Do thoughts of Daylight Saving Time (DST) already have you yawning? Learn 5 tips for a smooth adjustment this spring.
I was always taught that spring is the time for “springing ahead” with our clocks. While a helpful mnemonic, I find it interesting to consider the language.
What is implied by “springing ahead”? It sounds like we’re all eager and willing to move forward faster! But spring is often a wet, heavy, sluggish time. You might be weary from a long, cold winter. While you may believe you “should just be able to” power through like nothing’s different, your mind-body system often isn’t on board with that. And, we can be pretty hard on ourselves when we come up against that fact.
The truth is, when you try to power through a change like DST, it adds stress, and too much stress will always counter quality sleep. This is partly because DST up-ends the rhythms you’ve previously established (whether you believe they’re healthy or not!). Such stress is part of the reason why the number of heart attacks and strokes can increase during this transitional time.
How can you transition with more grace? Apart from the usual advice, here are a few, more novel tips.
1. Don’t wait for Daylight Saving Time to arrive.
Don’t wait until the night before to make the full, one-hour adjustment. Instead, ease into the change in 15-minute increments, over the course of several weeks, if possible. (If not, even a few days could be helpful.)
2. Take special care of yourself for at least 3 days (& up to a week) following the time change.
Expect that your body may not be as energetic, your mind may not be as alert. Build a few more rest breaks into your day, and defer important decisions until the following week if possible. Carefully consider the pros & cons of napping.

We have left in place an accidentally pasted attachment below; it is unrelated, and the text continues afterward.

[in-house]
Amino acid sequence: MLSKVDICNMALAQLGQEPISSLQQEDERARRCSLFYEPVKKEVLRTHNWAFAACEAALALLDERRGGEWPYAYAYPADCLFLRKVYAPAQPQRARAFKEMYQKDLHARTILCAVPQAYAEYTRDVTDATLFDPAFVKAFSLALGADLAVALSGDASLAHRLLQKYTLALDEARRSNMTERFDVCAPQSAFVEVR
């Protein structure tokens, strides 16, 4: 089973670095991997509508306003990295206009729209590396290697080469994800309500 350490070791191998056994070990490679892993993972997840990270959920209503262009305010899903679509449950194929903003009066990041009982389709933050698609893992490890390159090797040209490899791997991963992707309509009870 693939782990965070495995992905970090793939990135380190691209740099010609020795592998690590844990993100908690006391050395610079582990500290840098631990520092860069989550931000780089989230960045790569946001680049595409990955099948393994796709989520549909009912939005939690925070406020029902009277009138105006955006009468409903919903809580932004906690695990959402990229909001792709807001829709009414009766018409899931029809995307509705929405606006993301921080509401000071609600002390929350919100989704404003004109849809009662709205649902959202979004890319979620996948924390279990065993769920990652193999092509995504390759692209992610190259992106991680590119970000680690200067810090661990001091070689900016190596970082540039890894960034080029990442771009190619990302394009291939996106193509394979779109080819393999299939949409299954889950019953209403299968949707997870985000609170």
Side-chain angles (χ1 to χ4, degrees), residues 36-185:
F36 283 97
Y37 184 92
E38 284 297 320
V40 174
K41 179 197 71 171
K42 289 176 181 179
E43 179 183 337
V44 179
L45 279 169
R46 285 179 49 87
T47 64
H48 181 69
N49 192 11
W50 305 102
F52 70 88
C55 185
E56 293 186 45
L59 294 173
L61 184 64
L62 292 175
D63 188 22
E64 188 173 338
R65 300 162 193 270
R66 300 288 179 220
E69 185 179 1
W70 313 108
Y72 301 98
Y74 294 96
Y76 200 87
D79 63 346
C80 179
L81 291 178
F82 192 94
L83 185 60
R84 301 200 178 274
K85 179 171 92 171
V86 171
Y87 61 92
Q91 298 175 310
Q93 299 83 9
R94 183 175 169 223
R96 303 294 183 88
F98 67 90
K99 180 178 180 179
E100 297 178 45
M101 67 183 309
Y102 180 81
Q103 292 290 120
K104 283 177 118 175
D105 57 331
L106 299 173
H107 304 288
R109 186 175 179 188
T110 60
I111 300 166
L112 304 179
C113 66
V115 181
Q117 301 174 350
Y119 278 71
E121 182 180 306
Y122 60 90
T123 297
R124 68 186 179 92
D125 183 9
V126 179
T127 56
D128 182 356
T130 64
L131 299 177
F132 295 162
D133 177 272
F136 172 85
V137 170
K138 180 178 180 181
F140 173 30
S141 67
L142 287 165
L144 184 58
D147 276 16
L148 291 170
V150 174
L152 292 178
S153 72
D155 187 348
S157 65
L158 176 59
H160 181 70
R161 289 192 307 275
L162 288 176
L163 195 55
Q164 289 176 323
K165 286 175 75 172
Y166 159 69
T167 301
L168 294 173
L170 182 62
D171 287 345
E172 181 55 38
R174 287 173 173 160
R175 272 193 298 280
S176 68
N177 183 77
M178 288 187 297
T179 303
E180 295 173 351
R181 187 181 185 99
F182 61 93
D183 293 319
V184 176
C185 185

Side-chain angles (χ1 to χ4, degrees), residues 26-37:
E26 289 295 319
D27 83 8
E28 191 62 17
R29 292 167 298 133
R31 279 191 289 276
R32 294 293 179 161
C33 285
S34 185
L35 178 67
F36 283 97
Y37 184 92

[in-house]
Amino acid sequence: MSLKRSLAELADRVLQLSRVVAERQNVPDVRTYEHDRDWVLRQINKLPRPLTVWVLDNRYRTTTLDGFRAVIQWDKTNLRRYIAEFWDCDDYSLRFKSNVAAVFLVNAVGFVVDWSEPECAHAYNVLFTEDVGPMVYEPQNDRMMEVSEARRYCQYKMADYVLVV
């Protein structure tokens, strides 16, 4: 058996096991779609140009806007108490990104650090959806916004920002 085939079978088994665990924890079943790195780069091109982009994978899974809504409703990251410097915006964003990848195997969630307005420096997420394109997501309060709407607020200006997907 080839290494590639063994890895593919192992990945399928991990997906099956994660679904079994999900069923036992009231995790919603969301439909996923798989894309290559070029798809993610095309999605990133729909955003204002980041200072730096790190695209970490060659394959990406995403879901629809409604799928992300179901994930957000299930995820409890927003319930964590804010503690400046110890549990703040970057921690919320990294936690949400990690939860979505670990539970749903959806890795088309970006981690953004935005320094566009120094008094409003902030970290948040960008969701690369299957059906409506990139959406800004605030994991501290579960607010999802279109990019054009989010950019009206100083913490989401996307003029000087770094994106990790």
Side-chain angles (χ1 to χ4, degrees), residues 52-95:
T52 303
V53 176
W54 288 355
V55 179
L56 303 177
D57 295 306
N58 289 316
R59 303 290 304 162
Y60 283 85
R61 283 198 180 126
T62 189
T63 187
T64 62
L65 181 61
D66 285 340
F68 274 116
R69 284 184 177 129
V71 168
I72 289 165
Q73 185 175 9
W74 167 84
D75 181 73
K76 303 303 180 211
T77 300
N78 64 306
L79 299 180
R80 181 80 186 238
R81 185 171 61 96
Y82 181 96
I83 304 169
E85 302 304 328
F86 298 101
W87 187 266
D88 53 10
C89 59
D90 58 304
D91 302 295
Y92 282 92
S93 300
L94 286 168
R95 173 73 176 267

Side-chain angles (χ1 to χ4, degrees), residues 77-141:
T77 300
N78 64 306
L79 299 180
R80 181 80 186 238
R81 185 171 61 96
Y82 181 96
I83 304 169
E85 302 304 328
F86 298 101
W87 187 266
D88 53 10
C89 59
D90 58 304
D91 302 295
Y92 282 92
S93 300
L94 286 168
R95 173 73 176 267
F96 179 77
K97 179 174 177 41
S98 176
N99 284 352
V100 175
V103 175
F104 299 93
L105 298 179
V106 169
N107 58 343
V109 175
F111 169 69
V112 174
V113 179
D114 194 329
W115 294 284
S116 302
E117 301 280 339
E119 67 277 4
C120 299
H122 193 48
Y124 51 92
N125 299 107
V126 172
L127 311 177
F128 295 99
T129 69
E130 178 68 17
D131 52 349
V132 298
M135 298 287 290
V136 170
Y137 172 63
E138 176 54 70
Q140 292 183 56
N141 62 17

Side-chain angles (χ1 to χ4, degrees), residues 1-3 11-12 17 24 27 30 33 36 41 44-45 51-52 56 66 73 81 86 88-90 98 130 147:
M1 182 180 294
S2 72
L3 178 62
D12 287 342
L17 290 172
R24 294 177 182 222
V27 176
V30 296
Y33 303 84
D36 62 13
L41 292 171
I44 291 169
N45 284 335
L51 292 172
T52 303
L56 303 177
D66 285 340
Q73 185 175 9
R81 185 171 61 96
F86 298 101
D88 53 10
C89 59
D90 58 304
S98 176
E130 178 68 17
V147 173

3. Don’t worry so much about it.
Worry, stress, and anxiety are stealers of healthy sleep. Since seasonal time changes happen two times a year, they can feel like a big event. But if you’ve ever traveled, you may remember what it’s like to visit places in other time zones (sometimes with bigger gaps than an hour!). Look at DST as you would a bout of jet lag, no more, no less. Trust that you’ll recover & avoid a negative attitude.
4. Understand that working against nature is harder.
It’s easy to wonder “what’s wrong with me?” when your mind-body system doesn’t have the energy you’d like it to. Barring any medical reasons for it, the transition into spring is naturally a time of gradually doing more. Plants don’t just suddenly appear in full bloom one morning! Take the budding leaves as your example–each day, just a little more color & brightness appears. You’re not a machine; you’re part of nature too!
5. Establish a wake & sleep rhythm that’s time-independent.
If you have the flexibility, establish a pattern whereby you rise with the sun, regardless of clock-time. Such a rise time usually means also likely transitioning to sleep earlier than you might be accustomed to. This is a longer-term suggestion, but one that might save you from the yearly ups-and-downs these clock changes bring.